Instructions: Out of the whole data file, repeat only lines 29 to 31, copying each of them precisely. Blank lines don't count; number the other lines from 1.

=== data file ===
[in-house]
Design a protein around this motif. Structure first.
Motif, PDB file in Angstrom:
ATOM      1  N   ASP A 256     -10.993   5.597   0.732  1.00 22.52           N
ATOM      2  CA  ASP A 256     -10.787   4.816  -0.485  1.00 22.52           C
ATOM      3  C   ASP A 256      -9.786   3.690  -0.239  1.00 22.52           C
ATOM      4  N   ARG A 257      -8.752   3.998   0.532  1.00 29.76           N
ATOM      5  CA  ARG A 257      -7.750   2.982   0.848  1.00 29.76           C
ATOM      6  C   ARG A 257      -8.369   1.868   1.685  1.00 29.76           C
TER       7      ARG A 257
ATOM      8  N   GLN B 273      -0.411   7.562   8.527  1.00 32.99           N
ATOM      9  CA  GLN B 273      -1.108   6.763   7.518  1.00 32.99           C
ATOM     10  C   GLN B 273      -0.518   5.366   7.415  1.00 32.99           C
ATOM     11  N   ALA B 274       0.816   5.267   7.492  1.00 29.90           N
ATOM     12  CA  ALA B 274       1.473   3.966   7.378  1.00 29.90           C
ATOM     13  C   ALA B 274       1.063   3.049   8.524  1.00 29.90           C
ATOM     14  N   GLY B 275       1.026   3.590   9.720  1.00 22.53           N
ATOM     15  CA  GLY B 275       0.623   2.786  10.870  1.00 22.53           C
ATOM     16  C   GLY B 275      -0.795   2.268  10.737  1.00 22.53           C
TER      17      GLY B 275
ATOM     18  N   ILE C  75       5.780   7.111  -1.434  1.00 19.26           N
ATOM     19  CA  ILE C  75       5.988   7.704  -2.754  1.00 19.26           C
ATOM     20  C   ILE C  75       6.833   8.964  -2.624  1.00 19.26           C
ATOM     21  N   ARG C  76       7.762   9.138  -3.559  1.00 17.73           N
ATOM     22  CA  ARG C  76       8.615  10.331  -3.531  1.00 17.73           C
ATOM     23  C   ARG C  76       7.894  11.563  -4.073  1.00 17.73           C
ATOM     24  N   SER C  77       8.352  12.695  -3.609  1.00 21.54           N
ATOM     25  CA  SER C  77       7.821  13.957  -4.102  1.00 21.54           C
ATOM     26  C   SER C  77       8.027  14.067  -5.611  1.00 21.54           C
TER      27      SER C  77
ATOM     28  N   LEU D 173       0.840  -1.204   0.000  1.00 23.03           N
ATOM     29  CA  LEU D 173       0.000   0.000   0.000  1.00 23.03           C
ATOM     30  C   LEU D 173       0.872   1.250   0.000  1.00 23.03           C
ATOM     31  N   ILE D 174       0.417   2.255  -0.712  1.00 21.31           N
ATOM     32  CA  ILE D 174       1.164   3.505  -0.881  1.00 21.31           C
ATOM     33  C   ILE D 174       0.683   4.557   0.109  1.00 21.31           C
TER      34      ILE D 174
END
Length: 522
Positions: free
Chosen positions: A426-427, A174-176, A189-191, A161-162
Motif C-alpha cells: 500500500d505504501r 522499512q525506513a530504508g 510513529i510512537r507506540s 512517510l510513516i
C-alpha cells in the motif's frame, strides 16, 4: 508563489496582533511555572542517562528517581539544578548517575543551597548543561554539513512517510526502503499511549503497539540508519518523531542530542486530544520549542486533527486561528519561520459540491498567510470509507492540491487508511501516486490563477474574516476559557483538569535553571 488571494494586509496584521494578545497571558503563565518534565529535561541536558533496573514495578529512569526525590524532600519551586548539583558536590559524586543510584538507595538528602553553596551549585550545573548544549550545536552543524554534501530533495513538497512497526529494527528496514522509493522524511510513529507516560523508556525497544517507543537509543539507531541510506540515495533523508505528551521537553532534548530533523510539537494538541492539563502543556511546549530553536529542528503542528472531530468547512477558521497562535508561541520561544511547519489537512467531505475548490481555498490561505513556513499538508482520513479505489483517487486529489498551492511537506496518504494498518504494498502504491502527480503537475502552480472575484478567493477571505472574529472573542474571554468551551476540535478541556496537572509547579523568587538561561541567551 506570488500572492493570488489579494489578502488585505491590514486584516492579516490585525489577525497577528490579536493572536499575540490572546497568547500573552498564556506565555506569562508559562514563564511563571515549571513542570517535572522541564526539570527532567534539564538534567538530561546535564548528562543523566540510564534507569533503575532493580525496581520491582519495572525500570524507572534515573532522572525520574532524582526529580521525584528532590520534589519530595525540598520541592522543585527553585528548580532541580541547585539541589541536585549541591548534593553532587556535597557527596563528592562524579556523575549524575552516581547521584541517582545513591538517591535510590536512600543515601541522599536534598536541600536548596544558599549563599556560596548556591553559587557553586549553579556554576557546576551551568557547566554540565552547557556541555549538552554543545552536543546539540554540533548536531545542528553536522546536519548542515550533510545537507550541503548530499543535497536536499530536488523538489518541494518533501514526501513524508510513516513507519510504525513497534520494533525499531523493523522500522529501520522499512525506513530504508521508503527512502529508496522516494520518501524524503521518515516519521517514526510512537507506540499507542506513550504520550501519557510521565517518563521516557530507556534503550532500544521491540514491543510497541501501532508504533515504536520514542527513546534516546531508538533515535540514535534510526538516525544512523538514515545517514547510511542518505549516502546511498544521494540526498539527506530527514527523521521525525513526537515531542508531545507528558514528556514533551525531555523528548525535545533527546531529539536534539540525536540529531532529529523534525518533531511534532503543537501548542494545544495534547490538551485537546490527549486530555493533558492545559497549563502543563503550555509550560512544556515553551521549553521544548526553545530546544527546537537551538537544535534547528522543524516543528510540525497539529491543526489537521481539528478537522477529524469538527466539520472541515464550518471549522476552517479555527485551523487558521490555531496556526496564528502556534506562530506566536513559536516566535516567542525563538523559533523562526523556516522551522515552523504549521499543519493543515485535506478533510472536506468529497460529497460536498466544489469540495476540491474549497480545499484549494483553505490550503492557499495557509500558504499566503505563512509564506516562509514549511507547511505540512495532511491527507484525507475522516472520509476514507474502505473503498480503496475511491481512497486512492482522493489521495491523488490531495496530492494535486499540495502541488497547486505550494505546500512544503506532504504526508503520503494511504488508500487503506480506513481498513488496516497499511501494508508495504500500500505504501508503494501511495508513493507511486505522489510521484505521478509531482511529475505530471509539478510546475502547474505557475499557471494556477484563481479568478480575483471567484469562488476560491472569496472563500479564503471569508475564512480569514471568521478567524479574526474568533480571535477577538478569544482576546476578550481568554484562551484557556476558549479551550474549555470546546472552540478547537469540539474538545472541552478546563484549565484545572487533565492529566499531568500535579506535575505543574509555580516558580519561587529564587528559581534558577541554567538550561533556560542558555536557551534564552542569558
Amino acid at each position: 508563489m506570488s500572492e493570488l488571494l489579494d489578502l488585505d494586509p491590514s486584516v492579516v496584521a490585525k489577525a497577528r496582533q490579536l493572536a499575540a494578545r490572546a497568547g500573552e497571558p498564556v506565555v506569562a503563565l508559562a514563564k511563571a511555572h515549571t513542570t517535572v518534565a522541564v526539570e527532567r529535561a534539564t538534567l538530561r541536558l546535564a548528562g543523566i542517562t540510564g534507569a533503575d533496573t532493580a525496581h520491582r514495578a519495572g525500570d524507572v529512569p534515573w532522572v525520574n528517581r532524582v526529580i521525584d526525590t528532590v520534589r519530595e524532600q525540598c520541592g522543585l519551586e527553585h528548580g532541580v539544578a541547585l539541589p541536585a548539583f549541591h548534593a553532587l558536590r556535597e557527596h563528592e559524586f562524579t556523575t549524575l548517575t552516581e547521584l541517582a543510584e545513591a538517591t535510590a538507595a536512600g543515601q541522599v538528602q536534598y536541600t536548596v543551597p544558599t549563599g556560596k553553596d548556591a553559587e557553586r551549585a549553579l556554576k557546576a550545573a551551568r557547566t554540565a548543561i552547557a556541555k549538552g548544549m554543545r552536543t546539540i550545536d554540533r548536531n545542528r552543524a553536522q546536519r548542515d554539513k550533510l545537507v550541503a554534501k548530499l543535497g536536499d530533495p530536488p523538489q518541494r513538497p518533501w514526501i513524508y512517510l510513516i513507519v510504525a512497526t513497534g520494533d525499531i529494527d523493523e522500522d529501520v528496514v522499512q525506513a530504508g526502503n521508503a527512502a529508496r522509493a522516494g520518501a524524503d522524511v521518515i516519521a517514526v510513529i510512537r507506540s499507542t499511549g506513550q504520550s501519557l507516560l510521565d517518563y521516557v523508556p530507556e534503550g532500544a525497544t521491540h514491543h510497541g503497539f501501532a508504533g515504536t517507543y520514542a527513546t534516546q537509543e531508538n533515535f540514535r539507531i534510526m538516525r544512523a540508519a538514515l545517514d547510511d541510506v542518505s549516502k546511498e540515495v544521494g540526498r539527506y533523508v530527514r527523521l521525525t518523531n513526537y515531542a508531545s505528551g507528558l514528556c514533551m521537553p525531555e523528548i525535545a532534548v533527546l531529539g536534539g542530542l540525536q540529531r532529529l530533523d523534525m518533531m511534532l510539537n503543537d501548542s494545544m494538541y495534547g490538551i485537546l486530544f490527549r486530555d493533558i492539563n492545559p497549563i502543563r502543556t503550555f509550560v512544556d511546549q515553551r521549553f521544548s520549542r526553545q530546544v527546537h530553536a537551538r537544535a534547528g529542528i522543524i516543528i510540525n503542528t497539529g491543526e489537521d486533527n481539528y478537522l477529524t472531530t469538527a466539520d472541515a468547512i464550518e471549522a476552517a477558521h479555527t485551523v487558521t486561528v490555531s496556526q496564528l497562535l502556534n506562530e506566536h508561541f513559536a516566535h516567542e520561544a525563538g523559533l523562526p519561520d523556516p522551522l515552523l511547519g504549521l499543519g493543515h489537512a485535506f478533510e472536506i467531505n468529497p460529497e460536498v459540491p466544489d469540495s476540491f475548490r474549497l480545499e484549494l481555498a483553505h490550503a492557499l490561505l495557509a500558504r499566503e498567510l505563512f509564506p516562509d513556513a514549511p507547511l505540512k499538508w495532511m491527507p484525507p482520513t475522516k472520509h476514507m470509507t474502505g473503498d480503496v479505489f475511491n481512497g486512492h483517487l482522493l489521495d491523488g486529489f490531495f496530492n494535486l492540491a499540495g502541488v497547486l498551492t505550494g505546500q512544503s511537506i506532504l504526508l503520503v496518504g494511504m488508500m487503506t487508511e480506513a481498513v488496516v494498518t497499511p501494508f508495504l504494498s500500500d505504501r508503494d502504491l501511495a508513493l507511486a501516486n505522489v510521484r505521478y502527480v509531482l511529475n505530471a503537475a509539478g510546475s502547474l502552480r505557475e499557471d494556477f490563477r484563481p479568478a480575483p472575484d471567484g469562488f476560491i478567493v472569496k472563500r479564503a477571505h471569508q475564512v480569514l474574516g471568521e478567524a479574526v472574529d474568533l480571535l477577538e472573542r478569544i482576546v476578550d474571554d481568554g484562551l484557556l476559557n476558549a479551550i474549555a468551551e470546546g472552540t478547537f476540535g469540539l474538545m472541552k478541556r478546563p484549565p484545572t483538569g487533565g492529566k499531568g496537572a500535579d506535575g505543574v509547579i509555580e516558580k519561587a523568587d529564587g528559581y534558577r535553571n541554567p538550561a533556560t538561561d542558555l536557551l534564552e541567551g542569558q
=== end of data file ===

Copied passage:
ATOM     26  C   SER C  77       8.027  14.067  -5.611  1.00 21.54           C
TER      27      SER C  77
ATOM     28  N   LEU D 173       0.840  -1.204   0.000  1.00 23.03           N